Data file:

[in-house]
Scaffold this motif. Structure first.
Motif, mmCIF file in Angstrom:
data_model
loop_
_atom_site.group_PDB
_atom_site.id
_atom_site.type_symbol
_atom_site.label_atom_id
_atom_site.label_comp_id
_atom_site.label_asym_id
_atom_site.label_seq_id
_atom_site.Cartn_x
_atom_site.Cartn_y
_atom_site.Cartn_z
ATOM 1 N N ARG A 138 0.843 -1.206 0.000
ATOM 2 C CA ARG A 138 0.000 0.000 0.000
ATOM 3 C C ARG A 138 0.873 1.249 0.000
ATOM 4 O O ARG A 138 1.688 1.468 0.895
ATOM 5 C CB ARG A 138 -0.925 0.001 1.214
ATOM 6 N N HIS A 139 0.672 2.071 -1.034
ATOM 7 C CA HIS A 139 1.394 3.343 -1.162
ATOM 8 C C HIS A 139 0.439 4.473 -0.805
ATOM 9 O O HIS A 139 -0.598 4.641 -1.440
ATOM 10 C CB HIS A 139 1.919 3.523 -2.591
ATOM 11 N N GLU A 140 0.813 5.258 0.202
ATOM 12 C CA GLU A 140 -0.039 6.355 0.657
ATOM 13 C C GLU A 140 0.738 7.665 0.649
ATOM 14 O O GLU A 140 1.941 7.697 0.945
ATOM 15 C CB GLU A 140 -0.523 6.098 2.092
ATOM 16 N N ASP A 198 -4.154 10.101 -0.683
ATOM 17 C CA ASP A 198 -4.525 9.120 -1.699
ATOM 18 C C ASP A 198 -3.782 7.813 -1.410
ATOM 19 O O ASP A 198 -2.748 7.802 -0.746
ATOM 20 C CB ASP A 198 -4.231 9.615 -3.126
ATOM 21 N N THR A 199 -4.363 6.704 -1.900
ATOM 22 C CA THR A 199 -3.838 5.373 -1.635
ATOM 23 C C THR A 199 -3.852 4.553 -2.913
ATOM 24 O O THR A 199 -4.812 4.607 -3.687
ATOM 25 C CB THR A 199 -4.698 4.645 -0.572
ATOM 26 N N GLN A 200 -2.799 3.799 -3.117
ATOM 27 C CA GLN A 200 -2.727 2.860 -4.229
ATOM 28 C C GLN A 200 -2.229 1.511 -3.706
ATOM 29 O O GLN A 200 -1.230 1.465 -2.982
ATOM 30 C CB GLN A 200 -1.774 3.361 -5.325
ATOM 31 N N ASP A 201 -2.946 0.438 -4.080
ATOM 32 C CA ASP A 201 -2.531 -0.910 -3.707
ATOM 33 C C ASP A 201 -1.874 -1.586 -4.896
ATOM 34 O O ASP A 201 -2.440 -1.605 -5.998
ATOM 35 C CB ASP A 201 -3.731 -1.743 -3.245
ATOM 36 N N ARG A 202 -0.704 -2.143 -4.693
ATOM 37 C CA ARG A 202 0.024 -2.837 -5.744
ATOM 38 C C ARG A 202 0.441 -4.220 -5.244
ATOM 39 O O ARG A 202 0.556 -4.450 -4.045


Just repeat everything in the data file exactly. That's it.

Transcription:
[in-house]
Scaffold this motif. Structure first.
Motif, mmCIF file in Angstrom:
data_model
loop_
_atom_site.group_PDB
_atom_site.id
_atom_site.type_symbol
_atom_site.label_atom_id
_atom_site.label_comp_id
_atom_site.label_asym_id
_atom_site.label_seq_id
_atom_site.Cartn_x
_atom_site.Cartn_y
_atom_site.Cartn_z
ATOM 1 N N ARG A 138 0.843 -1.206 0.000
ATOM 2 C CA ARG A 138 0.000 0.000 0.000
ATOM 3 C C ARG A 138 0.873 1.249 0.000
ATOM 4 O O ARG A 138 1.688 1.468 0.895
ATOM 5 C CB ARG A 138 -0.925 0.001 1.214
ATOM 6 N N HIS A 139 0.672 2.071 -1.034
ATOM 7 C CA HIS A 139 1.394 3.343 -1.162
ATOM 8 C C HIS A 139 0.439 4.473 -0.805
ATOM 9 O O HIS A 139 -0.598 4.641 -1.440
ATOM 10 C CB HIS A 139 1.919 3.523 -2.591
ATOM 11 N N GLU A 140 0.813 5.258 0.202
ATOM 12 C CA GLU A 140 -0.039 6.355 0.657
ATOM 13 C C GLU A 140 0.738 7.665 0.649
ATOM 14 O O GLU A 140 1.941 7.697 0.945
ATOM 15 C CB GLU A 140 -0.523 6.098 2.092
ATOM 16 N N ASP A 198 -4.154 10.101 -0.683
ATOM 17 C CA ASP A 198 -4.525 9.120 -1.699
ATOM 18 C C ASP A 198 -3.782 7.813 -1.410
ATOM 19 O O ASP A 198 -2.748 7.802 -0.746
ATOM 20 C CB ASP A 198 -4.231 9.615 -3.126
ATOM 21 N N THR A 199 -4.363 6.704 -1.900
ATOM 22 C CA THR A 199 -3.838 5.373 -1.635
ATOM 23 C C THR A 199 -3.852 4.553 -2.913
ATOM 24 O O THR A 199 -4.812 4.607 -3.687
ATOM 25 C CB THR A 199 -4.698 4.645 -0.572
ATOM 26 N N GLN A 200 -2.799 3.799 -3.117
ATOM 27 C CA GLN A 200 -2.727 2.860 -4.229
ATOM 28 C C GLN A 200 -2.229 1.511 -3.706
ATOM 29 O O GLN A 200 -1.230 1.465 -2.982
ATOM 30 C CB GLN A 200 -1.774 3.361 -5.325
ATOM 31 N N ASP A 201 -2.946 0.438 -4.080
ATOM 32 C CA ASP A 201 -2.531 -0.910 -3.707
ATOM 33 C C ASP A 201 -1.874 -1.586 -4.896
ATOM 34 O O ASP A 201 -2.440 -1.605 -5.998
ATOM 35 C CB ASP A 201 -3.731 -1.743 -3.245
ATOM 36 N N ARG A 202 -0.704 -2.143 -4.693
ATOM 37 C CA ARG A 202 0.024 -2.837 -5.744
ATOM 38 C C ARG A 202 0.441 -4.220 -5.244
ATOM 39 O O ARG A 202 0.556 -4.450 -4.045